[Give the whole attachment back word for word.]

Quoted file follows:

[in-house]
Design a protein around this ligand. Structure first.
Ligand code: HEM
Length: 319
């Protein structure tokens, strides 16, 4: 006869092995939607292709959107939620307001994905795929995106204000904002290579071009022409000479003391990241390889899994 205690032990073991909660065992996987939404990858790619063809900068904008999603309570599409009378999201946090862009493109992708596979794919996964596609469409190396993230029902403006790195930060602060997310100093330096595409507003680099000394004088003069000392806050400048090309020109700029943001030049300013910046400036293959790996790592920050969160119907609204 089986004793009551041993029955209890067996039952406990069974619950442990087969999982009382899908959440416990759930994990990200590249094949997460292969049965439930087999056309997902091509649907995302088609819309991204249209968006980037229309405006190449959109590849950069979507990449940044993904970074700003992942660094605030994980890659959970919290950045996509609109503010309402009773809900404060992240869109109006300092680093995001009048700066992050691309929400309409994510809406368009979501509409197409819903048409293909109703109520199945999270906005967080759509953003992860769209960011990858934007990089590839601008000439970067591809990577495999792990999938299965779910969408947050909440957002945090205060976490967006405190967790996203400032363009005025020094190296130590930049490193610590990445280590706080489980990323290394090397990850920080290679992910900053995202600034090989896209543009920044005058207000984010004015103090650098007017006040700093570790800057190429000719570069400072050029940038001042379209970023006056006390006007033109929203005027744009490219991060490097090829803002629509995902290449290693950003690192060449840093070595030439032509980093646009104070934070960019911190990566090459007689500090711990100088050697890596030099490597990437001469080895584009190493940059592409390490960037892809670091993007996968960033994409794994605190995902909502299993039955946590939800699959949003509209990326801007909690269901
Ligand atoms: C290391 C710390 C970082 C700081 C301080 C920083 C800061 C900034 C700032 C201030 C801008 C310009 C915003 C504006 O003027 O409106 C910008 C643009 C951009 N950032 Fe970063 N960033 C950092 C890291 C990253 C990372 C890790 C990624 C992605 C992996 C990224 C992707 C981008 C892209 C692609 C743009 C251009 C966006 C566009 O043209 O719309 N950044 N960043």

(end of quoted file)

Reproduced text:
[in-house]
Design a protein around this ligand. Structure first.
Ligand code: HEM
Length: 319
């Protein structure tokens, strides 16, 4: 006869092995939607292709959107939620307001994905795929995106204000904002290579071009022409000479003391990241390889899994 205690032990073991909660065992996987939404990858790619063809900068904008999603309570599409009378999201946090862009493109992708596979794919996964596609469409190396993230029902403006790195930060602060997310100093330096595409507003680099000394004088003069000392806050400048090309020109700029943001030049300013910046400036293959790996790592920050969160119907609204 089986004793009551041993029955209890067996039952406990069974619950442990087969999982009382899908959440416990759930994990990200590249094949997460292969049965439930087999056309997902091509649907995302088609819309991204249209968006980037229309405006190449959109590849950069979507990449940044993904970074700003992942660094605030994980890659959970919290950045996509609109503010309402009773809900404060992240869109109006300092680093995001009048700066992050691309929400309409994510809406368009979501509409197409819903048409293909109703109520199945999270906005967080759509953003992860769209960011990858934007990089590839601008000439970067591809990577495999792990999938299965779910969408947050909440957002945090205060976490967006405190967790996203400032363009005025020094190296130590930049490193610590990445280590706080489980990323290394090397990850920080290679992910900053995202600034090989896209543009920044005058207000984010004015103090650098007017006040700093570790800057190429000719570069400072050029940038001042379209970023006056006390006007033109929203005027744009490219991060490097090829803002629509995902290449290693950003690192060449840093070595030439032509980093646009104070934070960019911190990566090459007689500090711990100088050697890596030099490597990437001469080895584009190493940059592409390490960037892809670091993007996968960033994409794994605190995902909502299993039955946590939800699959949003509209990326801007909690269901
Ligand atoms: C290391 C710390 C970082 C700081 C301080 C920083 C800061 C900034 C700032 C201030 C801008 C310009 C915003 C504006 O003027 O409106 C910008 C643009 C951009 N950032 Fe970063 N960033 C950092 C890291 C990253 C990372 C890790 C990624 C992605 C992996 C990224 C992707 C981008 C892209 C692609 C743009 C251009 C966006 C566009 O043209 O719309 N950044 N960043």